Amid the furore that has broken out over the UK’s involvement in the EU’s proposed rapid reaction force, something fundamental has slipped through largely unnoticed. the force is going to stimulate some pretty sizeable orders for defence equipment.
At first sight it is difficult to see what this amorphous entity could possibly require in the way of new kit, since its whole being is based on the agreement of EU member states to commit to the plan not just troops, but also ships and aircraft. The UK, for example, has pledged 12,500 troops to the total of 60,000, and will support them with 18 warships and 72 combat aircraft.
In all, the force is expected to draw on a pool of around 400 fighter planes and 100 warships, and these will come from existing force levels — so no chance of any additional procurement spending there. But as one insider who is familiar with the planning process said: ‘Think about the hole that will be created by the withdrawal of the Americans and you begin to see what is required.’
The rapid reaction force, as everyone knows, is not intended as an alternative to NATO, but for contingency operations — most of them in Europe’s backyard — in which the US would not necessarily wish to be involved. Pull the US out and some glaring equipment needs begin to take shape. Picture the US presence in Kosovo and they come sharply into focus.
In the war against Serbia, the US provided the bulk of the strategic transport, a considerable chunk of the combat search and rescue assets, most of the aircraft employed in the suppression of enemy air defence’s role and a fair amount of the effort’s air and ground surveillance. And, when push came to shove, many of the precision-guided bombs dropped on Serbia and Kosovo were drawn from US stocks.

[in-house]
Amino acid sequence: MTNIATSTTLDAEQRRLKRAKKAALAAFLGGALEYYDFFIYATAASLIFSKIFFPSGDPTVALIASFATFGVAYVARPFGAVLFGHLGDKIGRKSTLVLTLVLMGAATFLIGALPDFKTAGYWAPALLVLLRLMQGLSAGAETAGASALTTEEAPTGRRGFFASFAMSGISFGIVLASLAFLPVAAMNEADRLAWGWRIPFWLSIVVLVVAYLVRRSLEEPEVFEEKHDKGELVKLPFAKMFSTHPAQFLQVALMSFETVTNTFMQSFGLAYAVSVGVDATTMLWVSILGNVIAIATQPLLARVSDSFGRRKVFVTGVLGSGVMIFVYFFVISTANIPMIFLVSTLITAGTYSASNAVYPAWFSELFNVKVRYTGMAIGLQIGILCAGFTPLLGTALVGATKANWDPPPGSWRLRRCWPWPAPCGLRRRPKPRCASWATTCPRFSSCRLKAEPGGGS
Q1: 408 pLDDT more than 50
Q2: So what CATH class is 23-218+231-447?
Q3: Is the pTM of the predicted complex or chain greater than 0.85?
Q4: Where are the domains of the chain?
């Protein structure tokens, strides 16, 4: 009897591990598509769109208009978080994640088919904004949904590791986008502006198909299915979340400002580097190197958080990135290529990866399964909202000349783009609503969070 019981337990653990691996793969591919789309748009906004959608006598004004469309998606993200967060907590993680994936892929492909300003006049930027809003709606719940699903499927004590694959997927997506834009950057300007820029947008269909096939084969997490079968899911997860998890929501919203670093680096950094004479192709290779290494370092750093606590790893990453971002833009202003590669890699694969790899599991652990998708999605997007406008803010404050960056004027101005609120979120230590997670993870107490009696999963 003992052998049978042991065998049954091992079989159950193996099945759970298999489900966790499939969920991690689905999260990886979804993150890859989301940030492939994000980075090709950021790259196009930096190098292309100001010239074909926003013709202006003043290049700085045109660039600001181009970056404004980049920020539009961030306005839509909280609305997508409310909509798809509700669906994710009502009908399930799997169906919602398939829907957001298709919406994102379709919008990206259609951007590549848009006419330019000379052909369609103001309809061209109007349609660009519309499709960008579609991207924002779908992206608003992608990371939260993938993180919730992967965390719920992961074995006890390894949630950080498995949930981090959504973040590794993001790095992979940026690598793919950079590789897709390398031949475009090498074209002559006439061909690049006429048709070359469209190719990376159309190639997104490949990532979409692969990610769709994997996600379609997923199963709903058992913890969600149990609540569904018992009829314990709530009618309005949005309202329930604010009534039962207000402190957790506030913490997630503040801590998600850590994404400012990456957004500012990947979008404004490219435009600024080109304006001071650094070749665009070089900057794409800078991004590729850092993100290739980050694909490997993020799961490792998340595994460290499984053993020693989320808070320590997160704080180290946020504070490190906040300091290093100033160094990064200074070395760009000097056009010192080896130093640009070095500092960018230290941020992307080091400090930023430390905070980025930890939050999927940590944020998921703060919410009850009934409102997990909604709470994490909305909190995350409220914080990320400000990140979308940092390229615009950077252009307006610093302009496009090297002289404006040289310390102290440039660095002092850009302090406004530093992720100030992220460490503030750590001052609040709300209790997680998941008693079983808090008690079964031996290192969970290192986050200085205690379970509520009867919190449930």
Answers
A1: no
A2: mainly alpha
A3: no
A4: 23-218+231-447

No-one is suggesting that these capabilities will be matched one-for-one by a raft of new big-ticket orders, but they do point up where the investment is needed. Fortunately, eight European nations are already committed to purchasing 225 Airbus A400M airlifters, numbers which EU planners say should suffice in the medium to long term.
But this plane is not due to enter service for at least another six years and the goal for the EU reaction force is for operations to begin in 2003.
Clearly in the interim, therefore, EU member states are going to have to consider following the UK’s lead in leasing a heavy airlifter like the Boeing C-17 or Russia’s Antonov An-124. The first of the UK’s four leased C-17s arrive here later this year.
As for the rest, ‘we know what we’re missing, but we need to quantify it in terms that the Treasury and other European finance ministries will believe’, an EU planning official confided. That process is due for completion by the latter part of the year.
Nick Cook is aviation editor of Jane’s Defence Weekly and industry editor of Interavia Business and Technology